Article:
Microchip 93xx6B SPI EEPROM instruction syntax

Hi all,

I currently am trying to work with the following EEPROM: http://www.microchip.com/wwwproducts/Devices.aspx?product=93C66B

Spec. sheet: http://ww1.microchip.com/downloads/en/DeviceDoc/21795E.pdf

Attached is the code I currently have. I may be completely off here. I am struggling mostly with the syntax or the method to send instructions to the chip. Write now I have (6) wires connected (CS) (CLK) (SI) (SO) (VCC) (VSS). If anyone could point me in the right direction, whether a different library or method other than SPI.h that would be great.

//Experimenting with external EEPROM chip, Microchip 93C66B

#include <SPI.h>

const int slaveSelectPin = 9;

word outputValue = 0;
byte data = 0;

void setup()
  pinMode(slaveSelectPin, OUTPUT);
  digitalWrite(slaveSelectPin, LOW);

void loop(){
  // take the SS pin HIGH to select the chip:
  digitalWrite(slaveSelectPin, HIGH);
  //  send in the address and value via SPI:
  // take the SS pin LOW to de-select the chip:
  digitalWrite(slaveSelectPin, LOW);
  // take the SS pin HIGH to select the chip:
  digitalWrite(slaveSelectPin, HIGH);
  //  send in the address and value via SPI:
  for (int i = 0; i < 16; i++){
  // take the SS pin LOW to de-select the chip:
  digitalWrite(slaveSelectPin, LOW);
  // take the SS pin HIGH to select the chip:
  digitalWrite(slaveSelectPin, HIGH);
  //  send in the address and value via SPI:
  data = SPI.transfer(0x00);
  // take the SS pin LOW to de-select the chip:
  digitalWrite(slaveSelectPin, LOW);

Looking at the data sheet, I see that the device requires 11 or 27 clock pulses for the various operations. I have not looked at the SPI code you refer to but the typical SPI code uses 8 or 16-bit values for each exchange. Therefore you may need to bit-bang the SPI interface for this device or use some other peripheral that gives you the flexibility to select (slightly) non-standard bit lengths for the values. I would also suggest that you look carefully at the timing requirements for operations such as the erase (where you need to give it time to do its work - between 2 and 6mSec) and write (similar time frames). Also when you write to the memory, you need to perform a "write enable" first. Susan

Thank you. I think the bit banging is the correct method for this chip. I was unsure of the timing needs, good to know that as well.

Something I still don't understand in the spec sheet is what exactly I should be sending to the chip.

For example. Erase-Write Enable operation, has a startbit of 1, OP code of 00 and under Address has 11XXXXXX. I don't know what I am supposed to be sending.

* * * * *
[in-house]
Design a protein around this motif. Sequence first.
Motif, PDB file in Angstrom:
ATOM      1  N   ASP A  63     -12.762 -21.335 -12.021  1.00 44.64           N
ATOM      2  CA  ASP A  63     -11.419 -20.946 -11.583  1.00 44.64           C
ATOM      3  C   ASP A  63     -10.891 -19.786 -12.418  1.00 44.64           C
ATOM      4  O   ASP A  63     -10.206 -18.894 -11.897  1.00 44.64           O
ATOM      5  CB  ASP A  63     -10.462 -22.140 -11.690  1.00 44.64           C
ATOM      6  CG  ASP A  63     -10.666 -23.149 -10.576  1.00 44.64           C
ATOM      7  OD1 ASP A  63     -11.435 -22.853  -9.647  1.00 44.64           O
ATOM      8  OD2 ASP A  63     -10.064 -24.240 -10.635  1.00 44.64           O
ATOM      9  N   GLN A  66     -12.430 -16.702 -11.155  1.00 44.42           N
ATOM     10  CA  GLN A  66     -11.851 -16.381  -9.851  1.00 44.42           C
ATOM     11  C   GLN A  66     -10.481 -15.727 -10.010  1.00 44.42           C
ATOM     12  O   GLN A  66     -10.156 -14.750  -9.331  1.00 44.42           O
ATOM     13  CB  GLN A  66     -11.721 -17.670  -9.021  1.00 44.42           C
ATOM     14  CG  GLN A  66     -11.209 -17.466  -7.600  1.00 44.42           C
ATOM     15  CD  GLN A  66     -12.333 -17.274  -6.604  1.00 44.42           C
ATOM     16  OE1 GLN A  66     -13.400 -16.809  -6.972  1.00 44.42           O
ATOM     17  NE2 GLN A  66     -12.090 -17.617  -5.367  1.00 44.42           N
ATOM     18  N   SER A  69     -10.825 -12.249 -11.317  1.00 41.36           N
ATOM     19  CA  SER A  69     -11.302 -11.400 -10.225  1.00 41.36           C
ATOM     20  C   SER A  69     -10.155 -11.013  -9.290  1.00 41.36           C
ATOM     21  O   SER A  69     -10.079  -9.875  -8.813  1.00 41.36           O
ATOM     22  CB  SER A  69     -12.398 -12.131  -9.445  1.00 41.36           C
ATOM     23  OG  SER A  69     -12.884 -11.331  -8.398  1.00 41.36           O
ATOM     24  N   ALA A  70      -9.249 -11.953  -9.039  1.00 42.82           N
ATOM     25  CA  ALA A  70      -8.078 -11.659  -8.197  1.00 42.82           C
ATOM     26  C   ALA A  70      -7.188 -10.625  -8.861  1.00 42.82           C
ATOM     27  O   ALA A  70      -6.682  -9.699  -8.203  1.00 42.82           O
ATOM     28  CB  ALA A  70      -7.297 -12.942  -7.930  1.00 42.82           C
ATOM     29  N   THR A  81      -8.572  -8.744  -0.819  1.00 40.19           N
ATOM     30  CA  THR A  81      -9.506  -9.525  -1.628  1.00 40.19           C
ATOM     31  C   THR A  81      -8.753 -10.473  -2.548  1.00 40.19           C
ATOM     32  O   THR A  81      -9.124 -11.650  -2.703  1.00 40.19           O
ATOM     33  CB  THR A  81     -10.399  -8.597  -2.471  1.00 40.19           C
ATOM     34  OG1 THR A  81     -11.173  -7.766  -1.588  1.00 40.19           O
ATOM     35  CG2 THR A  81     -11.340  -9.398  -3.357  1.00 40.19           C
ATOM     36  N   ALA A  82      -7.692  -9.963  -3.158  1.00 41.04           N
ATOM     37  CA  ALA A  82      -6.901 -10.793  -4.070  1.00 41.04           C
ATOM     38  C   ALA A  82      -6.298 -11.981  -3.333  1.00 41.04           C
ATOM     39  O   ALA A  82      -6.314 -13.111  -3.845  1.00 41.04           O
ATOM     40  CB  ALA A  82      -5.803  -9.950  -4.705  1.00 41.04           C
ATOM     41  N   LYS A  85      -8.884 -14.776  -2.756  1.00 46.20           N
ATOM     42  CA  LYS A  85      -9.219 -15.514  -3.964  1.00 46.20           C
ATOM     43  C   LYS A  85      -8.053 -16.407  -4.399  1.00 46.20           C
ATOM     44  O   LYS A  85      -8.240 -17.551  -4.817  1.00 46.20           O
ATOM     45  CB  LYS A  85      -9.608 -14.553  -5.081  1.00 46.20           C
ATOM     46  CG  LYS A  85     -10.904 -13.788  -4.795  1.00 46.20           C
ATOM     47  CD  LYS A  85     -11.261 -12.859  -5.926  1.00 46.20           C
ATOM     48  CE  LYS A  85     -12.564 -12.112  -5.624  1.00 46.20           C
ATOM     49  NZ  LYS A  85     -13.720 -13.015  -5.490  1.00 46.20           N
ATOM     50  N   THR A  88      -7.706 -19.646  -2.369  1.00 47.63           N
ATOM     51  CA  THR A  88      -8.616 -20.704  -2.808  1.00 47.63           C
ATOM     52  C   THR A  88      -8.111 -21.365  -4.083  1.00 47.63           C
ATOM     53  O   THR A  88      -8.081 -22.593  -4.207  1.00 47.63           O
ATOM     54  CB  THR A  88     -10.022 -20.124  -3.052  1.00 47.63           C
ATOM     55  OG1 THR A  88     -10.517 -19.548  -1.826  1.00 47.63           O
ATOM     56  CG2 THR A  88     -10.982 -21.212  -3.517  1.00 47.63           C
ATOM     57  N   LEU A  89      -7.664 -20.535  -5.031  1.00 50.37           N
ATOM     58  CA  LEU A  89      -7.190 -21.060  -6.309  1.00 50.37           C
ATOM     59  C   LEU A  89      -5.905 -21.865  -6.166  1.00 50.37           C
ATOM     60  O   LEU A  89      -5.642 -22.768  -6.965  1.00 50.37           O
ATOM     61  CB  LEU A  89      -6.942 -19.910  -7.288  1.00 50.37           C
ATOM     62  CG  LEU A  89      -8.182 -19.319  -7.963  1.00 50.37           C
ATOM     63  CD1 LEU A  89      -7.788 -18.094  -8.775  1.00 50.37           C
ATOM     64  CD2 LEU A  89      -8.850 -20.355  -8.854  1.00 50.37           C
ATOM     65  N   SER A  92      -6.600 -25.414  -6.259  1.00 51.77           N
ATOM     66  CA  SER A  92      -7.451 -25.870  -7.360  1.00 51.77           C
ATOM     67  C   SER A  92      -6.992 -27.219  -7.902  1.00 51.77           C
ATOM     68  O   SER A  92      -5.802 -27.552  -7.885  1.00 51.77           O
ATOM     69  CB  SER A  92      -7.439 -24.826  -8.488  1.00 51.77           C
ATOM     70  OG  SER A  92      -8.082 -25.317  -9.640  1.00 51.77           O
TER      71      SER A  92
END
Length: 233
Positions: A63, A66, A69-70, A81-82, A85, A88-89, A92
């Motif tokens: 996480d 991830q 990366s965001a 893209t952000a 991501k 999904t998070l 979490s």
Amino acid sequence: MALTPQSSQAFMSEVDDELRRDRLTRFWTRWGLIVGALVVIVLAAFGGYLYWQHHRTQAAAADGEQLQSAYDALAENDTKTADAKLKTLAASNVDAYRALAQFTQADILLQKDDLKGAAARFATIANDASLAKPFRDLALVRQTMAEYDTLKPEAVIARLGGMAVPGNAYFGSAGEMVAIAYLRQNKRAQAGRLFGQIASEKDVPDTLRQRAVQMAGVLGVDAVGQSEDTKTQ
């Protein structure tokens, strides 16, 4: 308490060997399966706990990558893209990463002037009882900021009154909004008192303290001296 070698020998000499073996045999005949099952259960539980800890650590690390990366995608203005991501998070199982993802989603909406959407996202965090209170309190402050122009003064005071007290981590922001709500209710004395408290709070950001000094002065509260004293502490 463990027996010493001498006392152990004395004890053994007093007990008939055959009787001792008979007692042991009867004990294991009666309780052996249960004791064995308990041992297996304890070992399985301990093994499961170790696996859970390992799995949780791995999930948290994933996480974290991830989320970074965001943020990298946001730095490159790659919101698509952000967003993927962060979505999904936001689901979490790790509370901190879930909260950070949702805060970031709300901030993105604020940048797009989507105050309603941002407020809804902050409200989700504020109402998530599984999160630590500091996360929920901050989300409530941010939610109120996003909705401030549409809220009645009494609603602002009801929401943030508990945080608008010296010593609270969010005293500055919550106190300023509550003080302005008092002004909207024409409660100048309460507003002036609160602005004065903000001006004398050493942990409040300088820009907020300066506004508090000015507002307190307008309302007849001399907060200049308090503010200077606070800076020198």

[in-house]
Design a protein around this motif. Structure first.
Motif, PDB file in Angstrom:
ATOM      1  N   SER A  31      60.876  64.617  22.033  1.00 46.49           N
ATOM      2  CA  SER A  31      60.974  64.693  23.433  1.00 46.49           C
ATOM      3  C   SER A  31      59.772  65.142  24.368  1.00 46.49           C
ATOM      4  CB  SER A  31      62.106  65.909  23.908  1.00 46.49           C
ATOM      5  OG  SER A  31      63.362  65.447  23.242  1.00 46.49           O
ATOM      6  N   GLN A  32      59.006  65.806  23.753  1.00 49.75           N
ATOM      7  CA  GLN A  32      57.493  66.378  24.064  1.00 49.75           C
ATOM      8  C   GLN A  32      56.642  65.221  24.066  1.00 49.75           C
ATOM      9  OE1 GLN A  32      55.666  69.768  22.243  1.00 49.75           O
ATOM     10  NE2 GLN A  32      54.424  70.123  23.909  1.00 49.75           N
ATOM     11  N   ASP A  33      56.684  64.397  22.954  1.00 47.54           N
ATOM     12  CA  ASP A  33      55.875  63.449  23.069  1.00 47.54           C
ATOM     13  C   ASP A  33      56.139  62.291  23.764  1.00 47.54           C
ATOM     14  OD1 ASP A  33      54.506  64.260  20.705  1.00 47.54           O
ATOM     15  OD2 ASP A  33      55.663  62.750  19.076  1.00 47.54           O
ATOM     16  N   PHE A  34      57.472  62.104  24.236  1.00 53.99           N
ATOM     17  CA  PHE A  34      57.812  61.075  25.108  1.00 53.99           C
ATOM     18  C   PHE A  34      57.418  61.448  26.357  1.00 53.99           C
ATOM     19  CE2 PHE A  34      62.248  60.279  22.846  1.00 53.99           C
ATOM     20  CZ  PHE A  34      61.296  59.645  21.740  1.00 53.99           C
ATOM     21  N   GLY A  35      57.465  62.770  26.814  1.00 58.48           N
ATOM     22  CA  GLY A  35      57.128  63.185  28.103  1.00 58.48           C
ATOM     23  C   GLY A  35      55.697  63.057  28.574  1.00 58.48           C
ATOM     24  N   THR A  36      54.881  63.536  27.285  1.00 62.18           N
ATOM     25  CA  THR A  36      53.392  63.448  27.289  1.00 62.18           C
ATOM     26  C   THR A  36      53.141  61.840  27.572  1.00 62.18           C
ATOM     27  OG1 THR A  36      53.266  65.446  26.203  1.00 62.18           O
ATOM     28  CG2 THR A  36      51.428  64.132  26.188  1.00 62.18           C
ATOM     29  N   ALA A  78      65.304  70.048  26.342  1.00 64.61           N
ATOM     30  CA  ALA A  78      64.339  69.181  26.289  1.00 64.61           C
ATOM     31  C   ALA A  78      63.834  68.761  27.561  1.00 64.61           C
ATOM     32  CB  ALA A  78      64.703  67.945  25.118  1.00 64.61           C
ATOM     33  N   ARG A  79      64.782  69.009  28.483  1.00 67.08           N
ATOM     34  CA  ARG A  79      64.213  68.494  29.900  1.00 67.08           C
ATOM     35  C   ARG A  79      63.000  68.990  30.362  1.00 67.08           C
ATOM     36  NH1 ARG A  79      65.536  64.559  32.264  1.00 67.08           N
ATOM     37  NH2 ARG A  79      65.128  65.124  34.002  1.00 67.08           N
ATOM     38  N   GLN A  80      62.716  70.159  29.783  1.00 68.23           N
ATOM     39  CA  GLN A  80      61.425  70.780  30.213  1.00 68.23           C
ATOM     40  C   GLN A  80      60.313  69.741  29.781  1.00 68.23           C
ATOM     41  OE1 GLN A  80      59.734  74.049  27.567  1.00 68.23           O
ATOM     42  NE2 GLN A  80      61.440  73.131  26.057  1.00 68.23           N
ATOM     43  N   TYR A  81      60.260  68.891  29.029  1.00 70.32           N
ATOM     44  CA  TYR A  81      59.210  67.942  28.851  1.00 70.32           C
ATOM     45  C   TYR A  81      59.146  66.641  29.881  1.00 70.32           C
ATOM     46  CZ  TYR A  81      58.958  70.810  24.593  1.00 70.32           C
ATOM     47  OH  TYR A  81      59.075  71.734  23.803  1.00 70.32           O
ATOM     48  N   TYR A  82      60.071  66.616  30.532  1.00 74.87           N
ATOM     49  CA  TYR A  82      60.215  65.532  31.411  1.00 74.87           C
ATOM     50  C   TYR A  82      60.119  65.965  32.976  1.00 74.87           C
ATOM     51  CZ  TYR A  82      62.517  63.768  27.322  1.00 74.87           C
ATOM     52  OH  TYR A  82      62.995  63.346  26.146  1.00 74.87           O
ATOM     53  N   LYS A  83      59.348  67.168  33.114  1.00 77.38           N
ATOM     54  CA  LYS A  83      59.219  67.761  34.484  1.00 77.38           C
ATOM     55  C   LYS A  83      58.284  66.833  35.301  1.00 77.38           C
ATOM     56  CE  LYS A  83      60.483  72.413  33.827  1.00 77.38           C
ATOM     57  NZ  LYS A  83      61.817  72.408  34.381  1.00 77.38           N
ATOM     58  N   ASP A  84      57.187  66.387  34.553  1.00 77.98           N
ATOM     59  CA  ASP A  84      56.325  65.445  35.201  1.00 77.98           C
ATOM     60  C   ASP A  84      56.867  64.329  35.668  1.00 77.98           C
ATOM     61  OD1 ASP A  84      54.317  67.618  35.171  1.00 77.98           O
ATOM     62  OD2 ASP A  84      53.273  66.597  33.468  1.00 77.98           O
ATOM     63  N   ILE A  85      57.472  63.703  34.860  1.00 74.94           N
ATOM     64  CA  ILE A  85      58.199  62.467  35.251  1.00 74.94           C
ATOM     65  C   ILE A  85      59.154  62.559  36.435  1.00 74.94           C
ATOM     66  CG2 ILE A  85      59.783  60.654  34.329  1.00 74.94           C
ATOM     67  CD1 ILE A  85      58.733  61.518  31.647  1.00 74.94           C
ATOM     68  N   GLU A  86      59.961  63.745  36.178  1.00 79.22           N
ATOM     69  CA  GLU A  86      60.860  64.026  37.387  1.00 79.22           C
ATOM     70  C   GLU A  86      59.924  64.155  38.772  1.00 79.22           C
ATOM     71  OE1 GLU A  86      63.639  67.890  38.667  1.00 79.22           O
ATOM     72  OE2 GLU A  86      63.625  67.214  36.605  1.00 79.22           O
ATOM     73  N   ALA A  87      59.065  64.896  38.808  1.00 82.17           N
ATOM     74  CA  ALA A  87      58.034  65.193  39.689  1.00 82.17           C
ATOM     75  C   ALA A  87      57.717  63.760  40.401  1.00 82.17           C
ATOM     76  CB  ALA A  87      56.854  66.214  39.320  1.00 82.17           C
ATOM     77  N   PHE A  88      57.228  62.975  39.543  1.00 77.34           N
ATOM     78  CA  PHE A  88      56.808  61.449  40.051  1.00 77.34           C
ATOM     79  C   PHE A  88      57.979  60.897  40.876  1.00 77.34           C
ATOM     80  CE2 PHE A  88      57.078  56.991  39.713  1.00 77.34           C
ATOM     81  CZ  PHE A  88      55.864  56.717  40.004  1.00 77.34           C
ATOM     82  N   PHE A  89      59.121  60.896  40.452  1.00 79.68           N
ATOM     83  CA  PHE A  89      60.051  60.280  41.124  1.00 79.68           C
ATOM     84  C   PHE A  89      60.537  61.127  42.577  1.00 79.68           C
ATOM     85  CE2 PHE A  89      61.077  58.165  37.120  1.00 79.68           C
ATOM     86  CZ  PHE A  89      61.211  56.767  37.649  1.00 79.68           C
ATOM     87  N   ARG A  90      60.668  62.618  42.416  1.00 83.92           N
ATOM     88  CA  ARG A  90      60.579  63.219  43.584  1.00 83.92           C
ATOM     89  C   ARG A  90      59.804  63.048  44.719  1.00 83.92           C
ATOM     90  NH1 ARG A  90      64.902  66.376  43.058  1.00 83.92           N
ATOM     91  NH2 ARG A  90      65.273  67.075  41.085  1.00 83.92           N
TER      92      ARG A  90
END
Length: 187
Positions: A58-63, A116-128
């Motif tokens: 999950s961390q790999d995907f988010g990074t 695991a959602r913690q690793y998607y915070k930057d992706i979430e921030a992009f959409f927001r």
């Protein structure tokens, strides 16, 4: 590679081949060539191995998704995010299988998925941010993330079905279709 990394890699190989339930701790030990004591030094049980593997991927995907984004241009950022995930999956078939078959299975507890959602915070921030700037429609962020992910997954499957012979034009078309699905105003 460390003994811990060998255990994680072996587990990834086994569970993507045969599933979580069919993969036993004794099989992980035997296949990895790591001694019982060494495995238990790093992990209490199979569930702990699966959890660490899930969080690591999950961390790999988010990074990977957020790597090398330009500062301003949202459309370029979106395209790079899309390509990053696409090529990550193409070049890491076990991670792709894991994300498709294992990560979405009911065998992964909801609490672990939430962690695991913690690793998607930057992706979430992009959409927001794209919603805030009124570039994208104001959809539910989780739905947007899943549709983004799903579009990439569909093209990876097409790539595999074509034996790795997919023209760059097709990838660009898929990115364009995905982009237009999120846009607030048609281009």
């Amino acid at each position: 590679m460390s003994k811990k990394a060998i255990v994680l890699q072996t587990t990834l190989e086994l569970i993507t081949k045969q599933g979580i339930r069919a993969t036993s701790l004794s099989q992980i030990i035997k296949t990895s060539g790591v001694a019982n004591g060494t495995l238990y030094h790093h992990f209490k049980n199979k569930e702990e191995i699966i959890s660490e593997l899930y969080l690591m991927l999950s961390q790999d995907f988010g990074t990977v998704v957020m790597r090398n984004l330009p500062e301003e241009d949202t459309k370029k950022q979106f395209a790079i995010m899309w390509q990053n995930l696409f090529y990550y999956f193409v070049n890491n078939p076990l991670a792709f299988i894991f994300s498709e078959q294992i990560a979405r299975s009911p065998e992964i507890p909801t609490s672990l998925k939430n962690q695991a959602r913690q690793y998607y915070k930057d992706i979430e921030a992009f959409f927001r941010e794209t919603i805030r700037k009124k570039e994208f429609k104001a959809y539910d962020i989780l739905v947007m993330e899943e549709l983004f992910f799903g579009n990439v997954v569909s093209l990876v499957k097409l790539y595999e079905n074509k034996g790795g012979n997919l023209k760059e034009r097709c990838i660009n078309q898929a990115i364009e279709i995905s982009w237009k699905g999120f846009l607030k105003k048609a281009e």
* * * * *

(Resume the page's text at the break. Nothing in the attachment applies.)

For other operations when the Address is listed as A7 A6 A5 A4 A3 A2 A1 A0, what does that mean for my send?

New to this and really wanting to understand. Thanks

The exact details are given in Section 3.2 (in conjunction with 3.1 and the timing diagrams etc.) but basically the sequence is:

  • take the CS line from low to high: this enable the chip and starts it ‘listening’ to the clock and data in lines (and readies the data out line)
  • set the pin connected to the EEPROM’s DI pin high - this is the “SB” or Start Bit mentioned in Table 1-3
  • set the pin connected to the EEPROM’s SCK pin high - this is the active edge of the clock
  • if you are expecting something back from the EEPROM, this is the time to read the pin connected to its DO pin - remember the value and shift it in to the right (lower bit) end of the received value
  • at some stage you can drop the clock line, taking into account the minimum pulse with (there is no maximum pulse with)
  • repeat the above 2 steps for the op-code that is appropriate (with the obvious setting of the data to the correct value - in your example these will both be “0”)
  • repeat the above steps again for the address (see below)
  • when everything has been sent, take the CS line low

For the ‘Erase - Write Enable’ instruction that you mention, only the first 2 bits are important and must be “1” as specified. The "X"s mean that the chip does not care what those values are and you can send either a “1” or a “0” as you see fit.
When you are sending an address or a data value, the data sheet is telling you that you need to send the most significant bit first. One way (and there are many others) is to AND the value you want to send (address or data) with 0x80 (assuming an 8 bit address - 0x8000 for a 16-bit value) and see if the result is zero or non-zero: if it is zero then the top bit is zero and if it is non -zero then the top bit is “1” and you and set the line accordingly. You can then shift the value left by one bit ( something like “x <<= 1;” can be used) and repeat for the next significant bit.
When you are reading a value back from the EEPROM, then you will also receive the data MSB first as well. That is why I suggested that you set the right-most (least significant bit) of a value with the “1” or “0” that you see in the pin connected to the EEPROM’s DO pin because you can then also shift that value left by one bit and slowly build up the correct value.
Remember that you need to send as many clock pulses as are specified in the Table 1-3 (11 or 27) and you will need to start sending and/or recording the address an data values on the appropriate clock pulses. The EEPROM can wait a long time between successive clock pulses but you must provide the required number of clock pulses to complete the instruction. (You can drop the CS line any time you like but that will cancel the instruction if you have not sent the required number of clock pulses).
Hope this is clear…???

Incredibly clear. I think I am better understanding. Reading that spec. sheet was definitely key, hopefully things like that become more apparent to me as I progress.

I will try and spend some time testing out what you just explained.


Got it to work flawlessly today after only maybe an hour’s effort. THANKS AGAIN!